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TSU Received $4.8M to Develop "Center for Research on Complex Networks"

The National Science Foundation (NSF) announced, on September 1st 2011, an award of $4,887,004 over five years to Texas Southern University to support its proposed “Center for Research on Complex Networks,” a new NSF Center of Research Excellence in Science and Technology (CREST) .

The new Center’s multiple disciplinary team, led by Drs. Wei Wayne Li (PI), Lei Yu (Co-PI) and C. J. Tymczak (Co-PI), as well as Drs. Oscar Criner (Director of Education) and David Olowokere (Director of Technology Transfer), comprises a total of 14 world-class faculty scholars representing 6 different departments in the College of Science and Technology, including Departments of Computer Science, Transportation Studies, Physics, Engineering Technology, Mathematics, and Chemistry. The funded Center will have a great impact on students at TSU by financially supporting a minimum of 15 undergraduate and graduate students each year in the next five years, providing them the opportunity to work with faculty on the cutting-edge research and development.

The mission of this NSF Center is to conduct innovative and multidisciplinary research in the area of complex networks, which will provide a knowledge base for the understanding of complex networks, i.e. energy efficient wireless sensor networks, urban transportation environmental networks, and distributed computational networks, allowing for the development and implementation of policies for global environmental sustainability. The research will be integrated with the science, technology, engineering and mathematics (STEM) education programs, particularly striving to expand the pool of minority and underrepresented students who pursue advanced graduate studies in STEM fields, to meet the critical workforce needs of the nation. The Center will promote and implement diversity in STEM disciplines, through educational outreach initiatives and extensive effort to recruit, retain and train members of underrepresented minority groups. The attempt is to prepare minority students for leadership positions in the fast-changing global, scientific, engineering, and government sectors.

The National Science Foundation is an independent federal agency created by Congress in 1950 "to promote the progress of science; to advance the national health, prosperity, and welfare; to secure the national defense." With an annual budget of about $6.9 billion (FY2010), NSF is the funding source for approximately 20 percent of all federally supported basic research conducted by America’s colleges and universities. NSF’s CREST program was created to make resources available to enhance the research capabilities of minority-serving institutions through the establishment of centers that effectively integrate education and research. CREST promotes the development of new knowledge, enhancements of the research productivity of individual faculty, and an expanded presence of students historically underrepresented in STEM disciplines.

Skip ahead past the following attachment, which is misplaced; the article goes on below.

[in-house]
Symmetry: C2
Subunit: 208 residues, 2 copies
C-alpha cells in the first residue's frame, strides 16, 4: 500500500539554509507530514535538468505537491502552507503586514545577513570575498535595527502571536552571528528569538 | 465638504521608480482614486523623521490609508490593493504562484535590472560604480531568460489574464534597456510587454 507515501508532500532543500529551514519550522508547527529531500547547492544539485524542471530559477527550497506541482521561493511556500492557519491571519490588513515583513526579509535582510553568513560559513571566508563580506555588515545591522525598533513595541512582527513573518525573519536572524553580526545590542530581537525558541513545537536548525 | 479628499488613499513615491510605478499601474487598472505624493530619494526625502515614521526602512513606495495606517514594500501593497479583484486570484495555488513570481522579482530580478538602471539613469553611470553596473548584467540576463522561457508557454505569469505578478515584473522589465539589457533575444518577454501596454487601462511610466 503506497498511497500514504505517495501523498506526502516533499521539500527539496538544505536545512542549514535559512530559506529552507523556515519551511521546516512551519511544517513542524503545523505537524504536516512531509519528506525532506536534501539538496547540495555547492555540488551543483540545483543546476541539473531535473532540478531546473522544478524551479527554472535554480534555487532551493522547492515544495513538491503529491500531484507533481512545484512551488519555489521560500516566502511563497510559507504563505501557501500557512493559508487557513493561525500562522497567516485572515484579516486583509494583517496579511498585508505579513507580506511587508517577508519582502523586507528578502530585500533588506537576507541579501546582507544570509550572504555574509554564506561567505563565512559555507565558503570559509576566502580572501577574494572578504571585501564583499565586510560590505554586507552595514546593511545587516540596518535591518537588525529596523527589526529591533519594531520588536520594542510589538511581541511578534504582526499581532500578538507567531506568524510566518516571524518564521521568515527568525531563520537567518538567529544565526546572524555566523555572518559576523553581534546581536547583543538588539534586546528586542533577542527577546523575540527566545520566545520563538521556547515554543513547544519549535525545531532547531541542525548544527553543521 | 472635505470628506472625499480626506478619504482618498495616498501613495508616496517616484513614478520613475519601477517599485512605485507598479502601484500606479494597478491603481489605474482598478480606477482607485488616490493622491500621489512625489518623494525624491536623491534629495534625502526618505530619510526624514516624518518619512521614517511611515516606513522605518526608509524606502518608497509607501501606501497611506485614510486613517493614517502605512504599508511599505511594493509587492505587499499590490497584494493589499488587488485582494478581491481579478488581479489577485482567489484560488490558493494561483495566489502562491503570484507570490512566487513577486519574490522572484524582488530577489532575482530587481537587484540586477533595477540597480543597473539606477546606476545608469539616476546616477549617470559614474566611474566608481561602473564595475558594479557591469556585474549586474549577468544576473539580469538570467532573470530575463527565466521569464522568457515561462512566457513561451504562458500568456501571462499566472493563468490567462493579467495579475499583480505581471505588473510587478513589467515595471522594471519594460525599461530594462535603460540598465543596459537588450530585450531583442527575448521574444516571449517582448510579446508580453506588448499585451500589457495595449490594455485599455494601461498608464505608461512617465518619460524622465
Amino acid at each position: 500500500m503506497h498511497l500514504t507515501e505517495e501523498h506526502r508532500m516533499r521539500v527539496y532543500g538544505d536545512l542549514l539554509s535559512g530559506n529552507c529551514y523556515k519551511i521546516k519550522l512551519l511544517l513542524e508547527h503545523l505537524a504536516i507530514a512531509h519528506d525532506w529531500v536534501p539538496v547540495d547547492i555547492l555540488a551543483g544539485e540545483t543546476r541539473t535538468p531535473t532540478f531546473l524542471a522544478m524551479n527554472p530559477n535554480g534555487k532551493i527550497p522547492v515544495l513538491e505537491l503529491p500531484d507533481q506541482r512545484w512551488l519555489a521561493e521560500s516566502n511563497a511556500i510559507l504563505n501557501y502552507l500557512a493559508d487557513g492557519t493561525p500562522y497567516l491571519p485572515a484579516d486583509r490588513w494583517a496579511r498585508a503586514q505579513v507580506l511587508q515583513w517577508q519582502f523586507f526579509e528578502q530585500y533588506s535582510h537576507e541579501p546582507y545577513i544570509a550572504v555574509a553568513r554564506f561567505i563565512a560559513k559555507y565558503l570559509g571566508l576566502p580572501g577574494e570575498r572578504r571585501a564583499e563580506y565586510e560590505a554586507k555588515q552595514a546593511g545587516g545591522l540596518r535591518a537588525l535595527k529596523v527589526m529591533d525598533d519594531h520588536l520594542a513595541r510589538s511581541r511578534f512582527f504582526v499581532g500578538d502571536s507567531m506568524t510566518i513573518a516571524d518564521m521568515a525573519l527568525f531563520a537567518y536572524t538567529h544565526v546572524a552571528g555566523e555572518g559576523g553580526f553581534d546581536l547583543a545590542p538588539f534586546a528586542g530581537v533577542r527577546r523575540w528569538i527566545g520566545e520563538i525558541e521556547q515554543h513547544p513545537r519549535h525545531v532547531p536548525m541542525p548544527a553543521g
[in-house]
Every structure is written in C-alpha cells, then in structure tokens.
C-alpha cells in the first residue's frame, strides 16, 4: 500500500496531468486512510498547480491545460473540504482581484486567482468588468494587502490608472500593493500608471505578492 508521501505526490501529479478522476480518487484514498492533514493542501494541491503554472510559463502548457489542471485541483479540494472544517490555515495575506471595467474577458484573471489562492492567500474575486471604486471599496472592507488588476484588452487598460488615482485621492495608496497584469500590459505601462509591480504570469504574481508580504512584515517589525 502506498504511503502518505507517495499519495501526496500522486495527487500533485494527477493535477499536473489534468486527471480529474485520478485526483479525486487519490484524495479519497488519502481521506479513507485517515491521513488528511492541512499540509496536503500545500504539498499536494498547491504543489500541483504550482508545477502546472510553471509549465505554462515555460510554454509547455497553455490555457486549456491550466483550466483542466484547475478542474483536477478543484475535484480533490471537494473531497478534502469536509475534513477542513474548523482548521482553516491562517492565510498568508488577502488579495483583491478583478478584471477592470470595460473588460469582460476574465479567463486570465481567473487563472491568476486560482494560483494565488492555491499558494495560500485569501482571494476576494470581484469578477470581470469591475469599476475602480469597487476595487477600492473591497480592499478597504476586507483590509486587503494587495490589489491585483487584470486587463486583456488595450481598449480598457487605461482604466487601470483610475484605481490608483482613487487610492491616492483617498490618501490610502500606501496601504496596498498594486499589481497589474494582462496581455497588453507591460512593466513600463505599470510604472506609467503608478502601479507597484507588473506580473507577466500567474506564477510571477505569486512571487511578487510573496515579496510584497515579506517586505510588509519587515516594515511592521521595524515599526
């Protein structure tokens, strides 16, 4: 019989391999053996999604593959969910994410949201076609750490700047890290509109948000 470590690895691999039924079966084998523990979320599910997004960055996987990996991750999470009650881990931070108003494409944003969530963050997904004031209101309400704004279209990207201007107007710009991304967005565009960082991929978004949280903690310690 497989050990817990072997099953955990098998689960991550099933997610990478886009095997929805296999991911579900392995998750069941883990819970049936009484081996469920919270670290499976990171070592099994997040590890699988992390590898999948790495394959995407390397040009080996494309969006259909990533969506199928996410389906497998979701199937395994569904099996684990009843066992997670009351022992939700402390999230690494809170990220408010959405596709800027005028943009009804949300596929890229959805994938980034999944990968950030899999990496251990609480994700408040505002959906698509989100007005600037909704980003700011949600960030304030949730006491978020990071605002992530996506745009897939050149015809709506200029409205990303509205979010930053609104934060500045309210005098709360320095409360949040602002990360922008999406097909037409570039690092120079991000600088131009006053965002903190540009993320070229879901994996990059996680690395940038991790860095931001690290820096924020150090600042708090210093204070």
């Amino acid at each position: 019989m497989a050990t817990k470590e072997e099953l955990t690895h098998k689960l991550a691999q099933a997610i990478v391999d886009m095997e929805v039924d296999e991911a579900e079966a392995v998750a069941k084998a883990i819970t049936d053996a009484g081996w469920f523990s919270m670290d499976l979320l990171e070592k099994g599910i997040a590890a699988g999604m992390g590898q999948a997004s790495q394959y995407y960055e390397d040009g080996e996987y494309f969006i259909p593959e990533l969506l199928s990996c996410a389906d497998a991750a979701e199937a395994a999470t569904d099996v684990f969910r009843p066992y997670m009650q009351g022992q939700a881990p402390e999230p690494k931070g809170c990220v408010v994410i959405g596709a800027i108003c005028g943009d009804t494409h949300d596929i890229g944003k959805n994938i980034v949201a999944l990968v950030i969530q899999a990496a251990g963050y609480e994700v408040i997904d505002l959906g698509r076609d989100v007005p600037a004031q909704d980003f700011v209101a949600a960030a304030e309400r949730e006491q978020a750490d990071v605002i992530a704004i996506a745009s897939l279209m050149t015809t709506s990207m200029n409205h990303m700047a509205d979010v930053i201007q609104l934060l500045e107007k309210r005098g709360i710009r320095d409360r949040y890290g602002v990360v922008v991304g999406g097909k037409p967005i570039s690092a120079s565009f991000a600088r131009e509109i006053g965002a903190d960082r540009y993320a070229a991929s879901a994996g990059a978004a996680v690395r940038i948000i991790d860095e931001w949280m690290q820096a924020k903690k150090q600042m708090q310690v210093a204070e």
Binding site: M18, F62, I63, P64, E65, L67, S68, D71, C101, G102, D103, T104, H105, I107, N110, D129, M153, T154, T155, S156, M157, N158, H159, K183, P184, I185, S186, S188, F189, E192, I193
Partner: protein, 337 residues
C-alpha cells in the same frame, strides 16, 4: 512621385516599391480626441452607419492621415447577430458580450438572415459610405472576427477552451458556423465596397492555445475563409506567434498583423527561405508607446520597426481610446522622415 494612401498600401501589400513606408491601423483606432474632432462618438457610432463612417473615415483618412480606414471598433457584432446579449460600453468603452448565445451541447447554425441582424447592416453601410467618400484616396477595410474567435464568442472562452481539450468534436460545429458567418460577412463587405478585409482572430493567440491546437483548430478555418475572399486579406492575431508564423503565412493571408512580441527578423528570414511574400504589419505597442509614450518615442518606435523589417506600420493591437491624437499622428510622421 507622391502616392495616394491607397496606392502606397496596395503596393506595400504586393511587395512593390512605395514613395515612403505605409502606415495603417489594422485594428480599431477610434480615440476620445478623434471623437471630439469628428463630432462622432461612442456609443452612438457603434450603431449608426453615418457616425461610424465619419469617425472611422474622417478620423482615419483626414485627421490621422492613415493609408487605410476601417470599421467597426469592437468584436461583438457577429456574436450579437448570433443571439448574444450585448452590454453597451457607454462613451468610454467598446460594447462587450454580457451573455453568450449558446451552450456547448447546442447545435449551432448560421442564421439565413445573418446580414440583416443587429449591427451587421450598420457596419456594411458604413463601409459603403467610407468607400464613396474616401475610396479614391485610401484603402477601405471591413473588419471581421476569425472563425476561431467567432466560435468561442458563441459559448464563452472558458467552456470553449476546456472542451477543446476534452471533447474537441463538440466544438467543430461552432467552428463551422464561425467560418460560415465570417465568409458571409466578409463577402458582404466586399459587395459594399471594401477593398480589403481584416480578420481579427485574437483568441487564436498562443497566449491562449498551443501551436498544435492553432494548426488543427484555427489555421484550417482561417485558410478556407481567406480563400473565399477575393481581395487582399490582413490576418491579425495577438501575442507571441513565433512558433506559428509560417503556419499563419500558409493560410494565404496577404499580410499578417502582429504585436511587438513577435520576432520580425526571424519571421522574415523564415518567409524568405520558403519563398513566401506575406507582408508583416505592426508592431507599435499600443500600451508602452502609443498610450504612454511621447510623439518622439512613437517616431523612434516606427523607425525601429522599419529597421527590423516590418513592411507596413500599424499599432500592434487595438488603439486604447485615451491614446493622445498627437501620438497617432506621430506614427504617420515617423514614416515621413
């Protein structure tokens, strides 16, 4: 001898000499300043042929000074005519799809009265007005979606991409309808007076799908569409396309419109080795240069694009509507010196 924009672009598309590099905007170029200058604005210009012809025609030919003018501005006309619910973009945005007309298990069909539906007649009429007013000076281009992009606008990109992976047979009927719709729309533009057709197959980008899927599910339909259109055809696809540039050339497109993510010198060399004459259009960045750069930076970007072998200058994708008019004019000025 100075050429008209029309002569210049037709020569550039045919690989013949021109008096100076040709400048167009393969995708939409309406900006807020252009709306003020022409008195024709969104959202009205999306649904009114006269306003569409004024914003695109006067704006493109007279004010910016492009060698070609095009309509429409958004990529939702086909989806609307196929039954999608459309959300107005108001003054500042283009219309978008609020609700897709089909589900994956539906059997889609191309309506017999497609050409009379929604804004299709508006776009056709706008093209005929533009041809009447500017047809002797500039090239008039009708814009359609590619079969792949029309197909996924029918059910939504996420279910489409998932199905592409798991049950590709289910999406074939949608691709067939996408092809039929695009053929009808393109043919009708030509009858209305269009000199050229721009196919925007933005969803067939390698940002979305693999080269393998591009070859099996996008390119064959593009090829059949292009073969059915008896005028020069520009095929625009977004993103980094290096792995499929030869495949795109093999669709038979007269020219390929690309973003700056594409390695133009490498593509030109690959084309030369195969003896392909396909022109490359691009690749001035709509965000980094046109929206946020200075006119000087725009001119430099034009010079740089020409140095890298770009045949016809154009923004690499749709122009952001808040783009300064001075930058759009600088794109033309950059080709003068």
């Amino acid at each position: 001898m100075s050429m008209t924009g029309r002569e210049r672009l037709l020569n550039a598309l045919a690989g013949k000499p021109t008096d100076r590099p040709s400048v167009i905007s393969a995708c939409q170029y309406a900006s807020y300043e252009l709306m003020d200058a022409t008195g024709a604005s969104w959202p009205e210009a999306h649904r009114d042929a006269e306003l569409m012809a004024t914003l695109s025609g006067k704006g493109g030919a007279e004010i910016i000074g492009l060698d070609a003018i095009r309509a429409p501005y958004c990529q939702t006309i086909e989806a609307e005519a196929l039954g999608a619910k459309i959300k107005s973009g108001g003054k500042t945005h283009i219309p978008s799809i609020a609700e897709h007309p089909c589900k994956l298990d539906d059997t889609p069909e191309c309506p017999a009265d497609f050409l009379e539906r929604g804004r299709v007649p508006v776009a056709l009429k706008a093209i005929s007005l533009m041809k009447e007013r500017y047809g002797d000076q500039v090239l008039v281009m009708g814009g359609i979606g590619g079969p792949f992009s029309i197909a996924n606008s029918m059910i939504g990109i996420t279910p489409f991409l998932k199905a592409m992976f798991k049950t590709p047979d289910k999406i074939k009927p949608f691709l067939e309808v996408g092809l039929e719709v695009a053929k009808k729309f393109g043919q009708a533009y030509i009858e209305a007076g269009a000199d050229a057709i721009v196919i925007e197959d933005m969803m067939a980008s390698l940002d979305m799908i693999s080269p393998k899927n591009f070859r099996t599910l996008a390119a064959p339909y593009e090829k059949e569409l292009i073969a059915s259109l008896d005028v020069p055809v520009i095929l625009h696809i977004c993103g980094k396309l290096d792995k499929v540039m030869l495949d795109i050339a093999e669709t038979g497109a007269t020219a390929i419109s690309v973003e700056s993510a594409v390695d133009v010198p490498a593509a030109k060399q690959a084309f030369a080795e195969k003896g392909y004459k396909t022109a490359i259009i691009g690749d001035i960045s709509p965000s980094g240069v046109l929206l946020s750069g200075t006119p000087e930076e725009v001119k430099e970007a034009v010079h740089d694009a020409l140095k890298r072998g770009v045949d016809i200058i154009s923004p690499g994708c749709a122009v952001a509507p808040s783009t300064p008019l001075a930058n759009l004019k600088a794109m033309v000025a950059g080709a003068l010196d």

The Mission of the Center is to conduct innovative and multidisciplinary research of national significance in the area of complex networks and expand the pool of minority and underrepresented students to pursue advanced graduate studies to meet the future needs of the nation in critical principles and technologies of network research.


The Vision of the proposed CRCN is to become a nationally recognized center of excellence in multidisciplinary research developing and using advanced networking methodology, integrating research with education and profoundly impacting society via the advancement of technologies by enabling transformation in science and environmental diagnostics.


  1. To perform cutting-edge research and develop a technology platform through implementation of a cross-disciplinary and synergistic infrastructure at TSU and to establish TSU as an internationally renowned center of research in the areas of wireless, computational, and urban transportation environmental networks.
  2. To develop novel theoretical models and computer simulation algorithms for the study of complex networks in wireless, computational and urban networks and to use these algorithms in practical real world applications, to achieve the advancement of the knowledge of the complex networks; integration of knowledge from diverse scientific areas to focus on the understanding of complex networks, and targeted practical applications in real world complex networks.
  3. To positively impact underrepresented minority (URM) undergraduate, graduate and Ph.D. students by improved and enriched Center related research and educational experiences. In this regard, the existing Ph.D. program in environmental toxicology will be enhanced and a new interdisciplinary Master's degree program in Computational Science and Engineering (CSE) will be developed toward computational environmental toxicology and monitoring and modeling of environmental issues.
  4. To implement and promote diversity in STEM disciplines, through innovative and relevant educational outreach initiatives and to recruit, retain and train members of URM groups. This will create a nationwide workforce and prepare minority students for leadership positions in the fast-changing global, scientific, engineering, and government sectors.